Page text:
Jul 30, 2020

A Half-Year Summary of COVID-19 Pandemic – Spread, Course, Comparing Countries, Handling in the World, SARS-Cov-2 Virus and Its Origin, Consequences, and the Way Out

Spreading of the epidemic over the globe – at one look
The WHO started to report about the coronavirus on 21 January 2020, when 309 cases were allegedly diagnosed in China, including 6 deaths; no cases in other countries were reported by then. The numbers of diagnosed cases in 15 selected countries over the first half of the year 2020 are presented in Table 1, which further includes the numbers of new daily cases, the sum of deaths  and  new  daily  deaths  (extracted   from   the  WHO  web  here), as well as  the  number  of  tests  (extracted from the
WORLDOMETERS web here). The values per million people and some other parameters have been calculated for the table. The values are given in two-week intervals from Feb 4 till May 26, and later in one-month intervals till July 21. The countries are arranged according to the increasing number of positive cases per million people found by June 23. TABLE 1 SHOWS NEARLY ALL ABOUT THE 2020 PANDEMIC AT ONE LOOK.

The first cases outside China were reported on January 25, wherein the U.S., Asian and European countries reported between 1 and 20 cases in February 4. The maximal growth rates can be seen in the following dates: from February 4 to February 18 in Singapore; from February 18 to March 3 in Korea, Japan and Italy; and from March 3 to March 17 in Australia, Spain, Germany, France, Britain, Switzerland, Israel, Czechia, US, and Sweden. The fortnight maximal growth rates comprise between 4 fold and 100 fold jumps. The highest rate values are probably affected by a sudden increase of the available tests, and the lowest rate values result from the applied protection measures. The first deaths were reported in various countries with delays corresponding to the spread course, somewhere between February 18 and March 3, and even as late as on March 17 or March 31.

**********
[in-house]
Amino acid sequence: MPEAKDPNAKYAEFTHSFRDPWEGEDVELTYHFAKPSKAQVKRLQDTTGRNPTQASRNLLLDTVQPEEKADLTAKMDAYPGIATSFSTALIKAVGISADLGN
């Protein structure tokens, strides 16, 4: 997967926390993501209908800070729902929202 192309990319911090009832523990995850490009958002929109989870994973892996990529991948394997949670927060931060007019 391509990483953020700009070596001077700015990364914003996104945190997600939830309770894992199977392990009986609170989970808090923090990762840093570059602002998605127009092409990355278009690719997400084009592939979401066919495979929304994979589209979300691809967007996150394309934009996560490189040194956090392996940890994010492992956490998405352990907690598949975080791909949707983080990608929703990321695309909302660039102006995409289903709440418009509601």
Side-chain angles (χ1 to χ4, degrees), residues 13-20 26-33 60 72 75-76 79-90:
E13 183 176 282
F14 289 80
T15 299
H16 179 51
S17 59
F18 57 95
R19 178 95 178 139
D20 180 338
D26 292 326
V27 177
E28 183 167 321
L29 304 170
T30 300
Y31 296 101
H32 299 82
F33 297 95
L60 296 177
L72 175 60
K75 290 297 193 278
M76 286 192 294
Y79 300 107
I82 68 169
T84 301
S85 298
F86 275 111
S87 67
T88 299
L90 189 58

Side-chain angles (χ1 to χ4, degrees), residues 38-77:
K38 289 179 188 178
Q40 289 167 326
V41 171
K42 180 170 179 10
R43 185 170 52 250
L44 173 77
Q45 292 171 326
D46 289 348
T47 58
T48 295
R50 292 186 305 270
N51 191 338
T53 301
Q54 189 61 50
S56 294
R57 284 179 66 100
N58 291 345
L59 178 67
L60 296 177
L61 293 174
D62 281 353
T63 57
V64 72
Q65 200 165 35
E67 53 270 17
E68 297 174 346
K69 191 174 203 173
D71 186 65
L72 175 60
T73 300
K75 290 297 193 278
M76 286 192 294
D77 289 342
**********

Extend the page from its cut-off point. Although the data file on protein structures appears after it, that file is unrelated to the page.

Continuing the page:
The disease is called COVID‑19 (COrona VIrus Disease starting in 2019). The virus is called SARS‑CoV‑2 (Severe Acute Respiratory Syndrome caused by Corona Virus, 2nd epidemics after the 2002 first SARS epidemics). Both the virus and the disease may be shortly called corona.

Viruses and coronavirus
Virus is a submicroscopic entity that replicates inside the cells of its specific host. It consists of one or more molecules of nucleic acid bearing the genetic information and protective proteins, forming a particle (virion) having dimensions usually between 20 and 1000 nm, sometimes enveloped with a lipid layer derived from its host. The viruses have probably coexisted and coevolved with all cellular living forms since the beginning 3.8 billion years ago and, as with all parasites, their harmfulness had to be kept at reasonable levels not to wipe out their hosts. Some viruses have been incorporated into the genomes of the hosts, and the incorporated DNA has sometimes acquired important functions in the host; about 8% of the human genome DNA originates from viruses. All living organisms have their specific viruses, from bacteria to plants and animals.

Viruses are divided into groups according to the type of their nucleic acid, which can be RNA or DNA, single-stranded or double-stranded, see Table 2 below; the Table concisely describes the properties of the viruses and the history of important discoveries.

Coronaviridae is a family of single-stranded RNA viruses, positive-sense (it means that the RNA can directly serve as a messenger RNA to make proteins), enveloped, having one RNA molecule 26,000 to 32,000 bases long; their spherical virion is decorated with conspicuous protein projections which look like the solar corona in electron micrographs.